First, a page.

Employees covered by a collective bargaining agreement can’t claim additional quasi-contractual rights, as the following case shows.
Recent case: Anna Walker worked for nine years as a nursing assistant for a Minnesota hospital. She was covered by a collective bargaining agreement between the hospital and the Service Employees International Union, which provided a tuition reimbursement plan for employees pursuing registered nursing degrees.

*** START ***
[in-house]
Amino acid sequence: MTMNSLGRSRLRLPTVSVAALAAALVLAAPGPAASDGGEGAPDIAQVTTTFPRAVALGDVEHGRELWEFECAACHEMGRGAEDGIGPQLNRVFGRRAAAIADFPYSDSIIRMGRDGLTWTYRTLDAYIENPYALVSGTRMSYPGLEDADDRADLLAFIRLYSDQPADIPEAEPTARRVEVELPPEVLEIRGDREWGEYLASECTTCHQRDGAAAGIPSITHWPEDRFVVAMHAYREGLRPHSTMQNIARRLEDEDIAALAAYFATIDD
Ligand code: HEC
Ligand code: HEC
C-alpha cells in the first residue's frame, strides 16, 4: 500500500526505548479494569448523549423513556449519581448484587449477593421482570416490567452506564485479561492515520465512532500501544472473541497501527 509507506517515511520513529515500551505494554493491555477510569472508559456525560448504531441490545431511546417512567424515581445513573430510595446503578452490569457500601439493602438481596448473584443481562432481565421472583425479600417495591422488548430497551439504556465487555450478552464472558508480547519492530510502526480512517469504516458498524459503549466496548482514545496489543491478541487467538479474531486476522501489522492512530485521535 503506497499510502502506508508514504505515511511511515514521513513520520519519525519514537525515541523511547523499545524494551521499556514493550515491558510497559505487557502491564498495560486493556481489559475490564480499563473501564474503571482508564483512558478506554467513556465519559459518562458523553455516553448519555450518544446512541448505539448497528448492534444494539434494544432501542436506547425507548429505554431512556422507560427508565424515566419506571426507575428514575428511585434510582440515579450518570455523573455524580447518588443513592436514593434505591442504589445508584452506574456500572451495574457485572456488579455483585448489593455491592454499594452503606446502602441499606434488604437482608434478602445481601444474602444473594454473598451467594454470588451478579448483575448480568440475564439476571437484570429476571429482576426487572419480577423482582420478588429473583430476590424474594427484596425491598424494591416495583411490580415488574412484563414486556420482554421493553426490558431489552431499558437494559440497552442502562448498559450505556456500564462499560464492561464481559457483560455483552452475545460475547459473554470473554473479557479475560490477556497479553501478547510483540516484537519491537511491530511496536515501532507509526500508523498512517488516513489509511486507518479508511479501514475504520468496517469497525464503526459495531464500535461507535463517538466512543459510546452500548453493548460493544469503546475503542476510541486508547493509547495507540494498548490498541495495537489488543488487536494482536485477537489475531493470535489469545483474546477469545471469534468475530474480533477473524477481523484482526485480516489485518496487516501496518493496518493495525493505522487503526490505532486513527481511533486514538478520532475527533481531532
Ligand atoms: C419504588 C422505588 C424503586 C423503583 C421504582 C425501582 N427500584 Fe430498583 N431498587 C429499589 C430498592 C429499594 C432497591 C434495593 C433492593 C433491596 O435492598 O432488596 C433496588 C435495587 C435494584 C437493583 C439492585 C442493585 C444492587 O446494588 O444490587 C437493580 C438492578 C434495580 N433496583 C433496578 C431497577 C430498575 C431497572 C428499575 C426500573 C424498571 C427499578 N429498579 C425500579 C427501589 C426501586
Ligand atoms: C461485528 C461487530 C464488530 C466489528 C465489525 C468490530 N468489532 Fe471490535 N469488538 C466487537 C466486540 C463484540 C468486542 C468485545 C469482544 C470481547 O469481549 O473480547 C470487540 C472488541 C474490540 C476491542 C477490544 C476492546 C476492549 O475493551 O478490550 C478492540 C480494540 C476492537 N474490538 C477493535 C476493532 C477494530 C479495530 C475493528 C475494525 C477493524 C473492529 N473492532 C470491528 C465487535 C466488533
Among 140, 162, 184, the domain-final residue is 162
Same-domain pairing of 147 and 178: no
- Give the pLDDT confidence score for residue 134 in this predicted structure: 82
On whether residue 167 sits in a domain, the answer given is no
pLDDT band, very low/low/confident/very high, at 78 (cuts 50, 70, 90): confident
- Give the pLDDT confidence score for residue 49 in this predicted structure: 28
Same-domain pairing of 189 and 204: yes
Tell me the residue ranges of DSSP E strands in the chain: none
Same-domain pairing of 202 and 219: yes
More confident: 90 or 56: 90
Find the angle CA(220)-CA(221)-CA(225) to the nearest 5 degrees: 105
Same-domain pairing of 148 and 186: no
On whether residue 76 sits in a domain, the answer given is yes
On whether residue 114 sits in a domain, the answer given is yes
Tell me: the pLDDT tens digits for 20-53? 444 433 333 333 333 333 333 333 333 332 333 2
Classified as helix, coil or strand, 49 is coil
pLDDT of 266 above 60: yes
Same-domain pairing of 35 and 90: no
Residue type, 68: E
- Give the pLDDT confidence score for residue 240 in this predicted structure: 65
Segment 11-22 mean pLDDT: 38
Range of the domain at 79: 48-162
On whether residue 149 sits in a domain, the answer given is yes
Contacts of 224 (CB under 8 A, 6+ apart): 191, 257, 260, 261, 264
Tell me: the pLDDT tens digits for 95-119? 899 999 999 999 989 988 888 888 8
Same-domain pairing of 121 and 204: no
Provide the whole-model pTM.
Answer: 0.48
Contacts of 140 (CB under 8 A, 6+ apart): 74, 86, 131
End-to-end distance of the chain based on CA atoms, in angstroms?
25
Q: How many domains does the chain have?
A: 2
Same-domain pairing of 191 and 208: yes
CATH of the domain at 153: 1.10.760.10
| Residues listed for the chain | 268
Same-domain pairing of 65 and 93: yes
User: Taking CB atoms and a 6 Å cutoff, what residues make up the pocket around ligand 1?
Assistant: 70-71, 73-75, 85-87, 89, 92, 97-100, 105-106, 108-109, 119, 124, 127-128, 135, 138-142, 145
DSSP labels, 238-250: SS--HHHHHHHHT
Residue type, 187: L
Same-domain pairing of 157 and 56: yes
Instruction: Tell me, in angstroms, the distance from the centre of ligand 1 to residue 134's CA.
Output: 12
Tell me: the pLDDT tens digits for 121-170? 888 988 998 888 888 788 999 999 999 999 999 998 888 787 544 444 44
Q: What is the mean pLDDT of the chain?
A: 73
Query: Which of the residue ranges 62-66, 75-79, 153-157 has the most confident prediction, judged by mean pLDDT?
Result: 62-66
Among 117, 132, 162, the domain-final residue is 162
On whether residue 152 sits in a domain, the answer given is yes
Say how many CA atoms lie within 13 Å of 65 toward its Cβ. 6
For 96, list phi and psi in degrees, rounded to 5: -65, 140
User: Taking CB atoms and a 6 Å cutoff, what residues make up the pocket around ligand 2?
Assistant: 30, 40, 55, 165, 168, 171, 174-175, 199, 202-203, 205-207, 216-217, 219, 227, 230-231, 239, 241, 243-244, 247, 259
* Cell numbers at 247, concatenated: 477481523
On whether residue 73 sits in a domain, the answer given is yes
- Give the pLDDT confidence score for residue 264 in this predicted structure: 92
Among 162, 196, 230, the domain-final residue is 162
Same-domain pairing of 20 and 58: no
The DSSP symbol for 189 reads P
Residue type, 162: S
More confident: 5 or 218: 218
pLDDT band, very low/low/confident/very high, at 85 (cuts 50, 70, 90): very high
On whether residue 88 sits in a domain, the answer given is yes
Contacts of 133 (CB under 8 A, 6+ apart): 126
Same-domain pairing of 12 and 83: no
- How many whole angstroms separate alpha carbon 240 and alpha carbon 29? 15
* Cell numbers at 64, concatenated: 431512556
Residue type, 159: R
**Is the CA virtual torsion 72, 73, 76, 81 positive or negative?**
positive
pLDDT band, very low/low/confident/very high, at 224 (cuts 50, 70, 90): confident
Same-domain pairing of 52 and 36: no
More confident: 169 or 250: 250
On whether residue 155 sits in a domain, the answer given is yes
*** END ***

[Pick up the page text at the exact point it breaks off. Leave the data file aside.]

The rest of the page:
Walker took advantage of the program and graduated. Then she applied for open positions, but wasn’t selected.
After she lost her job, she sued, alleging an implied contract for employment for a year after graduation. But since the union contract didn’t mention continued employment, her case was dismissed. (Walker v. Fairview Health Services, No. 09-1841, DC MN, 2011)